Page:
We address the consequences of corruption within a state on the extent to which populations have shortened life expectancy due to political corruption. Using three variables to estimate corruption, the results support the expectation that corruption increases average disability shortened life years (DALY). The results persist when estimating the model including measures of deaths from civil war and the number of bordering states experiencing civil war, both previously shown to have an effect on DALY, although these two variables are not statistically significant in our models. While the estimated effects of the corruption variables continue to capture much of the variation in DALY for a global group of nations, they completely fail to explain any variation in Sub-Saharan African states, probably because of the devastating effects of AIDS and malaria in that region. Finally, we discuss why this failure occurs and discuss the implications of our results.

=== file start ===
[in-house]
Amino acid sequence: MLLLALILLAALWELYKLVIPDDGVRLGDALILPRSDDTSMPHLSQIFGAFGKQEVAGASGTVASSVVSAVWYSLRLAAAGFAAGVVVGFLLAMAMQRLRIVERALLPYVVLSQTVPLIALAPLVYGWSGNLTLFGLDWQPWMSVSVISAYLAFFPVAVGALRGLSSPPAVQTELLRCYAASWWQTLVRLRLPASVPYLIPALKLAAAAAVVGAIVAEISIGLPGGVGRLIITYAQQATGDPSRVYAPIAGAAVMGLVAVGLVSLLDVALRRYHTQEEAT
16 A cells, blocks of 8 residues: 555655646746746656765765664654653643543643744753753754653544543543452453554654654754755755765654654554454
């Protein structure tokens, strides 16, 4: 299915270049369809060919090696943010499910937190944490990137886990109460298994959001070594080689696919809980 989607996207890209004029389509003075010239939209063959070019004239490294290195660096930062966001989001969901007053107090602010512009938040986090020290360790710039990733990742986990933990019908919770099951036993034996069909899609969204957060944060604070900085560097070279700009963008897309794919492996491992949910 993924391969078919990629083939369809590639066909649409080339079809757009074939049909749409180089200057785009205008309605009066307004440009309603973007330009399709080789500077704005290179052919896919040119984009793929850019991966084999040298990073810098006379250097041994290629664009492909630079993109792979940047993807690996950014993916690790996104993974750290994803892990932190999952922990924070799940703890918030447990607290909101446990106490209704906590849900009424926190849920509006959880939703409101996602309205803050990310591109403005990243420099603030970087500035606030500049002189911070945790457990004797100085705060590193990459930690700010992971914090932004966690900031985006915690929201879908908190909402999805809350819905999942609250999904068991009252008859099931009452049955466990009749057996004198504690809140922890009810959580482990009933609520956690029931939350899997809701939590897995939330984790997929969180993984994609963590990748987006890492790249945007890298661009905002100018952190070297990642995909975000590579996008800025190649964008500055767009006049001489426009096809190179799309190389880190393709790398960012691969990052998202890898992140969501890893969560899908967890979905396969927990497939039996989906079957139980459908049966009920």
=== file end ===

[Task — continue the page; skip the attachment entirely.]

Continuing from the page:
- human misery